This post is a cautionary note for everyone who proposes, advocates for, or plans public transportation: please avoid numerology. What I mean by numerology is, it’s easy to target round numbers for trip time, ridership, capacity, or cost, but this may not be based on good design principles. Round numbers are memorable, which makes them attractive for marketing, but quite often the roundness percolates from public communications to system design, and then it tends to lead to bad results: excessive amounts of money spent on meeting a particular trip time, useful scope cut from a project to stay under a too tight budget, and general overpromising.
I’m tagging this incompetence because it is always bad, but even people who are generally good may unwittingly engage in numerology. I’m pretty confident I’ve done this in previous posts by accident. So I’m exhorting myself and good transit advocates and not just the usual politicians and power brokers.
10x and tech
The worst numerology that I’ve seen in technology is not specifically in transportation, but in the software industry of the American West Coast, which is obsessed with the concept of 10x, that is 10 times as good as normal. The most common variation of this is the 10x engineer, that is the programmer who gets 10 times the productivity of the average programmer, but (by implication) does not demand 10 times the average salary, or even 1.5 times the average salary.
Thanks to Elon Musk, the same concept of 10x has jumped into the transportation discourse – Musk promises a 10x reduction in construction costs for tunneling. It goes without saying he cannot deliver, but the telling thing here is the origin of the number. It does not come from some deep analysis finding that California’s tunneling costs are about 10 times as high as those of some target best practice, or even as high as those of a new method. (In fact, California is around 7 times as expensive to build in as Madrid or Seoul, the world’s cheapest cities to build in, so 10 is at the limit of plausibility.) Rather, the number came first: innovation in American tech is supposed to come in orders of magnitude, not continuous improvements, so the target was 10x, just as SpaceX’s target for space launch cost reduction is 10x even though so far the reality is maybe 1.5x or 2x.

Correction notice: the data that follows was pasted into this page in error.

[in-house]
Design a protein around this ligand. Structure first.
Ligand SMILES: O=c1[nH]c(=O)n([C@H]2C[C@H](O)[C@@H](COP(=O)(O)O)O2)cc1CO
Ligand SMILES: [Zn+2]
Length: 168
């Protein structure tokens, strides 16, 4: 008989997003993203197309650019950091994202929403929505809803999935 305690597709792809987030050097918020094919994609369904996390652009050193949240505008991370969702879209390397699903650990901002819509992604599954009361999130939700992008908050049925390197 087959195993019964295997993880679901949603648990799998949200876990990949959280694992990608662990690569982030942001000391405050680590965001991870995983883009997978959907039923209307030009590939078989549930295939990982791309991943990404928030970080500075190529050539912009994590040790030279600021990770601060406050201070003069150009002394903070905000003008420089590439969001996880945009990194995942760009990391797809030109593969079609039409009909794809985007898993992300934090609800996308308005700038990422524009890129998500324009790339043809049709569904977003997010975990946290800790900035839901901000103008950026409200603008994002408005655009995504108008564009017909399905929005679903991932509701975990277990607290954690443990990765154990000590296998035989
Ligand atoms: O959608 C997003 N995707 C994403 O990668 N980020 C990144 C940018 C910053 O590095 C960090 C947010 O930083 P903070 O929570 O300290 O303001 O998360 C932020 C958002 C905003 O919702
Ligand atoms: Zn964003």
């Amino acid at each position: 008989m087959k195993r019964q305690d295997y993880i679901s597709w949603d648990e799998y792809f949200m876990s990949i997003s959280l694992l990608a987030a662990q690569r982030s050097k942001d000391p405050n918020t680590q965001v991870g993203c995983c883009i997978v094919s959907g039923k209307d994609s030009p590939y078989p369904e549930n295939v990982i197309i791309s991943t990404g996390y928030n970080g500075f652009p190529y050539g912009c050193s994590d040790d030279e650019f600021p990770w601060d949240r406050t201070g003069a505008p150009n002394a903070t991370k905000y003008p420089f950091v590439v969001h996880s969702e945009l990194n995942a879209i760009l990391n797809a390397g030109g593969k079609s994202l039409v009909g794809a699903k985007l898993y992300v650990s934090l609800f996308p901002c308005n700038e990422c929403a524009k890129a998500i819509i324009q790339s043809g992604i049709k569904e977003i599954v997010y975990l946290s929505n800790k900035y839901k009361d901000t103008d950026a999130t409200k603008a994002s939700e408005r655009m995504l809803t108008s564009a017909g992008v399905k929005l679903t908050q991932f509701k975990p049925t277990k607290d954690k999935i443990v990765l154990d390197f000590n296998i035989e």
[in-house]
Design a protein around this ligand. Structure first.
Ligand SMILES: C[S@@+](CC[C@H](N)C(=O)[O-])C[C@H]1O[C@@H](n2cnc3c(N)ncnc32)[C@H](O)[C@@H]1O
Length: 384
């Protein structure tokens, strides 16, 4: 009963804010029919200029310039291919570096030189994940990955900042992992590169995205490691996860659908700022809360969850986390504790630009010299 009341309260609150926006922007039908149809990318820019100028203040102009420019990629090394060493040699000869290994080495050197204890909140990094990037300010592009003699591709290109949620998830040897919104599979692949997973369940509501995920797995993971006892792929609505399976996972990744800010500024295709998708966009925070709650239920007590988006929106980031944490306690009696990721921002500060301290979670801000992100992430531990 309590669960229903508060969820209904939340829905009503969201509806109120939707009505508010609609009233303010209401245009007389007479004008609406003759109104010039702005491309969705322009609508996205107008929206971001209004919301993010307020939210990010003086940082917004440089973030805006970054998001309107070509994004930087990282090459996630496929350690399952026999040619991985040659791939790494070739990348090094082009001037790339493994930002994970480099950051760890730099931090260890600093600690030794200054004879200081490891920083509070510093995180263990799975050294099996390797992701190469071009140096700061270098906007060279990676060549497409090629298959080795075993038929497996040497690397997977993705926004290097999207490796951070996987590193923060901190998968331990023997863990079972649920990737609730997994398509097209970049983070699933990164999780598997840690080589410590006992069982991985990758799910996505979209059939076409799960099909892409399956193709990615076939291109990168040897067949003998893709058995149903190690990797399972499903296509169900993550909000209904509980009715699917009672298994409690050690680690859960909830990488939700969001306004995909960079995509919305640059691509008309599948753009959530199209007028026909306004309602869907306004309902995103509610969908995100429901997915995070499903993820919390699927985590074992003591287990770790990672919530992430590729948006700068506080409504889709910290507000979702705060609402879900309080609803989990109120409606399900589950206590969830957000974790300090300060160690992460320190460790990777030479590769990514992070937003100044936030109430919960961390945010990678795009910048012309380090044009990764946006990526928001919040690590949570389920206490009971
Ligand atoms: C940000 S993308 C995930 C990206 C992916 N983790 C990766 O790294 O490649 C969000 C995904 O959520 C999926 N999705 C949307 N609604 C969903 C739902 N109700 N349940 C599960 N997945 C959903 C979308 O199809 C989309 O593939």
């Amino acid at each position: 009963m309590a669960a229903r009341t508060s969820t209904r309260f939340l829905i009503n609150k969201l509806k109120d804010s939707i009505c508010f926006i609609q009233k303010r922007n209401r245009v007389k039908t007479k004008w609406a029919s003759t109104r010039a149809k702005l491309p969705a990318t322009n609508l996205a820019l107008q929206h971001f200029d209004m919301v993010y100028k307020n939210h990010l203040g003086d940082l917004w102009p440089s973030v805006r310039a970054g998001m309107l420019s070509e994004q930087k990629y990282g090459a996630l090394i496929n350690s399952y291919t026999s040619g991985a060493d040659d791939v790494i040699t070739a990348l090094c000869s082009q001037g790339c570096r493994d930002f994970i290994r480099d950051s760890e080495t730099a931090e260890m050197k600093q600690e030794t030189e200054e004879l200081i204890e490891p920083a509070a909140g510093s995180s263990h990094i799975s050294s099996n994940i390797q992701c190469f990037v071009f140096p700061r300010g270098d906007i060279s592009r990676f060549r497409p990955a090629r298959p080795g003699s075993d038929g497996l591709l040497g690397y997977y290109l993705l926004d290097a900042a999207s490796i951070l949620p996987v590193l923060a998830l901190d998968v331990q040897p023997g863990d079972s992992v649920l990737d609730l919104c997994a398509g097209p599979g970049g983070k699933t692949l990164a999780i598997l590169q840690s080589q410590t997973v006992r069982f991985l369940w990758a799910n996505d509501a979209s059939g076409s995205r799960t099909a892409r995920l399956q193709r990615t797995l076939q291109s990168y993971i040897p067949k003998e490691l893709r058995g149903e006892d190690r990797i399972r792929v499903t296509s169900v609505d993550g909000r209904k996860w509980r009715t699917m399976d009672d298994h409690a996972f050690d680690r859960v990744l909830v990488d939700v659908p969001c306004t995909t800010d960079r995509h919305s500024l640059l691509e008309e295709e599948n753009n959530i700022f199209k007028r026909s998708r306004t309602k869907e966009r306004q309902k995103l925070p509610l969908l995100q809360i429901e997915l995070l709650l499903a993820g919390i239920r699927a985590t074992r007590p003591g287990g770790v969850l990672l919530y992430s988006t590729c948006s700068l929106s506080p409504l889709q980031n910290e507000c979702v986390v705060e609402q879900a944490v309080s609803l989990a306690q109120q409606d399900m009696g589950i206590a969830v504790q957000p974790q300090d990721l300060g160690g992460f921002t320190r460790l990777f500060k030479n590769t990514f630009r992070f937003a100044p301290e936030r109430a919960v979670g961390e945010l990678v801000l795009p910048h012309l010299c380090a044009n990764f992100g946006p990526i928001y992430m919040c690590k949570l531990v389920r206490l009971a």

The primary problem here is overpromising. Factor-of-10 improvements are almost nonexistent. The one example I am comfortable with in transportation is the tunneling costs in New York specifically, and even that is a problem that only emerged with the latest project, Second Avenue Subway Phase 2; Phase 1 and the 7 extension are off by a factor of 6 or 7 off the rest-of-world average (and about 15-20 off the very cheapest in the world), and East Side Access is a problem of overbuilding more than anything so I can’t even give it a specific factor. Many other things in New York are too expensive, but generally by a factor ranging from 1.5 to 3. Cutting operating costs in half, cutting rolling stock procurement costs by a third, and so on are both laudable goals, but 10x rhetoric skips them entirely. Thus comes the secondary problem with 10x-oriented numerology: just as it rounds up factor-of-7 improvements and overpromises a factor of 10, it completely ignores factor-of-2 improvements as they simply cannot plausibly be stretched to an order of magnitude.
It is common in marketing to promise round numbers for schedules: 2-hour trip times, 3-hour trip times, etc. This sometimes percolates into the planning world behind the scenes, leading to planning around discrete trip times in integer numbers of hours.